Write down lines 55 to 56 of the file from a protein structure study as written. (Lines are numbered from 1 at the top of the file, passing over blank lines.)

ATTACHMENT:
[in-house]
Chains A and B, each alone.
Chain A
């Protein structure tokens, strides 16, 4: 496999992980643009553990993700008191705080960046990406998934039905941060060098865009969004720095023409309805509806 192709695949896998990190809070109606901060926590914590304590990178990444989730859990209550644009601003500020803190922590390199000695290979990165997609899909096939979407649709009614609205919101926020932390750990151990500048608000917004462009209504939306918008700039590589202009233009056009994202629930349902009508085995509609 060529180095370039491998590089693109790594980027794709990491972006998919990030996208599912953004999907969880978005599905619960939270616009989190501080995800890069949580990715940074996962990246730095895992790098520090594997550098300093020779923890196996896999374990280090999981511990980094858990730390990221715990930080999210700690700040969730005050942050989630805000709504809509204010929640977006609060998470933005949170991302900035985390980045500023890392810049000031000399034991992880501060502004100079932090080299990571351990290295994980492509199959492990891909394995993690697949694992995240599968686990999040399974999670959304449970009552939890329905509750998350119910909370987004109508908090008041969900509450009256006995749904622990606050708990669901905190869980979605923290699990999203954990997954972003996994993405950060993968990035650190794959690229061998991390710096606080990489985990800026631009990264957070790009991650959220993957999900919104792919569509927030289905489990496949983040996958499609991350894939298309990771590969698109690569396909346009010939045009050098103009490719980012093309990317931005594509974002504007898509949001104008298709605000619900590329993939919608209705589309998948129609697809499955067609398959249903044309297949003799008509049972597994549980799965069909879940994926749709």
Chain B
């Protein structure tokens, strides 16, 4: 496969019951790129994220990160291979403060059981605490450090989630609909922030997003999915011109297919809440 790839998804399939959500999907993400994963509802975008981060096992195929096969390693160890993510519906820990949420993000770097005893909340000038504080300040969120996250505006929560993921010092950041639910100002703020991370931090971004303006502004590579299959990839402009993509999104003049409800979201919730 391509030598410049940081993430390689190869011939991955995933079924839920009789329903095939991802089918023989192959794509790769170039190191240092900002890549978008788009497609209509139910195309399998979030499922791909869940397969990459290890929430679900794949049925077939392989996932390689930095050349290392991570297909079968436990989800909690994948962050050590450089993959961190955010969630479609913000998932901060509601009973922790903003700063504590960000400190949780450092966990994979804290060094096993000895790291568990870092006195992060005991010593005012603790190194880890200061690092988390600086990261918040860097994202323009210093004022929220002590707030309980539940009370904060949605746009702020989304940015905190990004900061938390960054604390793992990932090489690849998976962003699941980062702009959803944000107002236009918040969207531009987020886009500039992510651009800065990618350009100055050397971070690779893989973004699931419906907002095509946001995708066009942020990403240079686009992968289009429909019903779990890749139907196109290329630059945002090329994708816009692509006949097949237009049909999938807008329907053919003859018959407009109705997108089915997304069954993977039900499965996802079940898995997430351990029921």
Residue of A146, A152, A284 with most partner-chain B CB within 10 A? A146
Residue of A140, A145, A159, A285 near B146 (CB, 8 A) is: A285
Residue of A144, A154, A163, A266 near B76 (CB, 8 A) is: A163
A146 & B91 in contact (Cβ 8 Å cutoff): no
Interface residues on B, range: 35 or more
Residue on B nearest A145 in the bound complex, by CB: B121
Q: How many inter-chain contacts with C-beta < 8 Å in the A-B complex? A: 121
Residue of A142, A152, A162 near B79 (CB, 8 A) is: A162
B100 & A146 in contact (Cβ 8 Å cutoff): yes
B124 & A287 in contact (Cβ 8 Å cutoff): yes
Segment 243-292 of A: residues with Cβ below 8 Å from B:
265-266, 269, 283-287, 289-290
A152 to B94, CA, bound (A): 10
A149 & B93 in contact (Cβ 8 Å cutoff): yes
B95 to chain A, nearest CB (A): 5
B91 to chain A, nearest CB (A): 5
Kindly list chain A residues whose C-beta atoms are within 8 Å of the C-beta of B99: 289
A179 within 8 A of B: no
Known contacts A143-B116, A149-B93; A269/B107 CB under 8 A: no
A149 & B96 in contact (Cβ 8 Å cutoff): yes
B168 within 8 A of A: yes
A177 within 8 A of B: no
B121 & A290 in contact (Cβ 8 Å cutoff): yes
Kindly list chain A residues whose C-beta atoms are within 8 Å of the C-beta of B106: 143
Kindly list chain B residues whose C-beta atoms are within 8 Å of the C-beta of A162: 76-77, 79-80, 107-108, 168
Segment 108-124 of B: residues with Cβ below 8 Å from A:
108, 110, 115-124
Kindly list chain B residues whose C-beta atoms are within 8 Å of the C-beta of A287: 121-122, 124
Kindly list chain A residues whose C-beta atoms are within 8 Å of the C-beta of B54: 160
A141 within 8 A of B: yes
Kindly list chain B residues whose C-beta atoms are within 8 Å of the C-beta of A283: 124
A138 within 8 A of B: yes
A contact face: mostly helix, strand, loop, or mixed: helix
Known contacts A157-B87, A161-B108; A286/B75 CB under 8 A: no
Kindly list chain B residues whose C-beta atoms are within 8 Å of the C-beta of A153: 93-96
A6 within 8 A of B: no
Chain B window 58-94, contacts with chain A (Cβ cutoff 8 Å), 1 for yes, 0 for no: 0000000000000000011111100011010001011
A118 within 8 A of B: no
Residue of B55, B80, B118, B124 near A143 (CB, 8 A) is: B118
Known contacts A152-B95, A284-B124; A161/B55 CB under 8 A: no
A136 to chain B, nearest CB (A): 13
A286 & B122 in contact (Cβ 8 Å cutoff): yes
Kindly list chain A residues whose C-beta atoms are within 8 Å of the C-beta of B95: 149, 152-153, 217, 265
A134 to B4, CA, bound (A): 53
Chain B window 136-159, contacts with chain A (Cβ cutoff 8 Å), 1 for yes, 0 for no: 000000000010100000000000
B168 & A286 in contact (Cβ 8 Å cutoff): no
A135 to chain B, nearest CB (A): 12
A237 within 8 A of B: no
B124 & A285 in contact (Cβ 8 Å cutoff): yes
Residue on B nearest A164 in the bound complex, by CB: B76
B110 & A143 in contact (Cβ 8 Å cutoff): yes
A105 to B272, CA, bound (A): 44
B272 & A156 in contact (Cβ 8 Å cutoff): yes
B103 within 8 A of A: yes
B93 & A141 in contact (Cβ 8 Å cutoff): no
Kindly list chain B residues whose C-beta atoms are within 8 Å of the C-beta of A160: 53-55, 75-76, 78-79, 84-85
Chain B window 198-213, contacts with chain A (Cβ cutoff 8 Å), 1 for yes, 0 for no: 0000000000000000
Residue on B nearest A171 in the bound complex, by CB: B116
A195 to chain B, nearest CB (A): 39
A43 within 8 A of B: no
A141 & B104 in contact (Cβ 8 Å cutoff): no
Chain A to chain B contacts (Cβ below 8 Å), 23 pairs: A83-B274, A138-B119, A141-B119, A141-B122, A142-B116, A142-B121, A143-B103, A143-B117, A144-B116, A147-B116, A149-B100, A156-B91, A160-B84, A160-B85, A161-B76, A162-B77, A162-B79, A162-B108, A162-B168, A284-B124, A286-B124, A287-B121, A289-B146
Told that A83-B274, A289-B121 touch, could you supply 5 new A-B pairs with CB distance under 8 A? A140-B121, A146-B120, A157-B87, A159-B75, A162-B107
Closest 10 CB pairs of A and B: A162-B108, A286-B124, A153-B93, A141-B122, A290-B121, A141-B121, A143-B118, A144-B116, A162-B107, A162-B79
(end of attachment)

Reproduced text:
B124 & A285 in contact (Cβ 8 Å cutoff): yes
Residue on B nearest A164 in the bound complex, by CB: B76